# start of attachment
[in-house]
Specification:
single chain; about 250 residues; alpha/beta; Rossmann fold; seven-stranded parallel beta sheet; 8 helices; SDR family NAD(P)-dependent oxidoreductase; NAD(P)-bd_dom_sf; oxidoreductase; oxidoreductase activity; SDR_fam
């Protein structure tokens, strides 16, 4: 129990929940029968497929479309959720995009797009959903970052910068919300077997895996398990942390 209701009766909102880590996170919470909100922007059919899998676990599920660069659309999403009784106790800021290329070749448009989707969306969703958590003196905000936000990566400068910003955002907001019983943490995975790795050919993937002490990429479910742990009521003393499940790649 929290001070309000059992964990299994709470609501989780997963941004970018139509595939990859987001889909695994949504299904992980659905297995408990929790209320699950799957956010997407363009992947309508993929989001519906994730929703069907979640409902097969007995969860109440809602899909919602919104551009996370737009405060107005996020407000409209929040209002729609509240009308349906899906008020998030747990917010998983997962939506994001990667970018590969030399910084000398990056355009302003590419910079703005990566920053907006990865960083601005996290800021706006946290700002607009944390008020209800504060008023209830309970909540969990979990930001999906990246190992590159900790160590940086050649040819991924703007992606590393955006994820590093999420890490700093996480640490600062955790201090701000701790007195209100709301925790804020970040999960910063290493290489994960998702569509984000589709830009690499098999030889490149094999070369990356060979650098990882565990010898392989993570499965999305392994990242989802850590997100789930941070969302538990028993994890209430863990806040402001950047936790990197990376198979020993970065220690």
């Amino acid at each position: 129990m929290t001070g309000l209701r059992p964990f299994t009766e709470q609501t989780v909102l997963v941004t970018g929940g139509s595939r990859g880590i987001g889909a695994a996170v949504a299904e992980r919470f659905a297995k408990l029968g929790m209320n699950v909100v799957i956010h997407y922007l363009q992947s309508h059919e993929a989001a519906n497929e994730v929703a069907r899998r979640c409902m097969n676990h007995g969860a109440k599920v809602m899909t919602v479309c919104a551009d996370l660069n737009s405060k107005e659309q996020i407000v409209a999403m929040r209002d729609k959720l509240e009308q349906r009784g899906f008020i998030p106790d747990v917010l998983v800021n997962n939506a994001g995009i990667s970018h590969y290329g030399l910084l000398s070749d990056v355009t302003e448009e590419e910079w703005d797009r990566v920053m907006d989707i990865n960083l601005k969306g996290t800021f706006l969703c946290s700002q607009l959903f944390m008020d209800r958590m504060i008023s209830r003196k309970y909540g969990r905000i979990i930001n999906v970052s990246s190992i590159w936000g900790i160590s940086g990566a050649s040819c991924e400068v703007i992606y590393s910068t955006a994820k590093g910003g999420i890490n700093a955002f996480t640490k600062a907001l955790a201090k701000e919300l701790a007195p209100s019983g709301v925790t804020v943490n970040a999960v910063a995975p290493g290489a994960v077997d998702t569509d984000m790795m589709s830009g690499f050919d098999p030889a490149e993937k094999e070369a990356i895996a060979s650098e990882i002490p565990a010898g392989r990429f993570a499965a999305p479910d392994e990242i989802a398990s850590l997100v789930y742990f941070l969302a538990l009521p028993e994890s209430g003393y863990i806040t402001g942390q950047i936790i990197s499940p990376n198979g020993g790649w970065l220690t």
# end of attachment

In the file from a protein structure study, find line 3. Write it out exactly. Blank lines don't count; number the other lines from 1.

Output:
single chain; about 250 residues; alpha/beta; Rossmann fold; seven-stranded parallel beta sheet; 8 helices; SDR family NAD(P)-dependent oxidoreductase; NAD(P)-bd_dom_sf; oxidoreductase; oxidoreductase activity; SDR_fam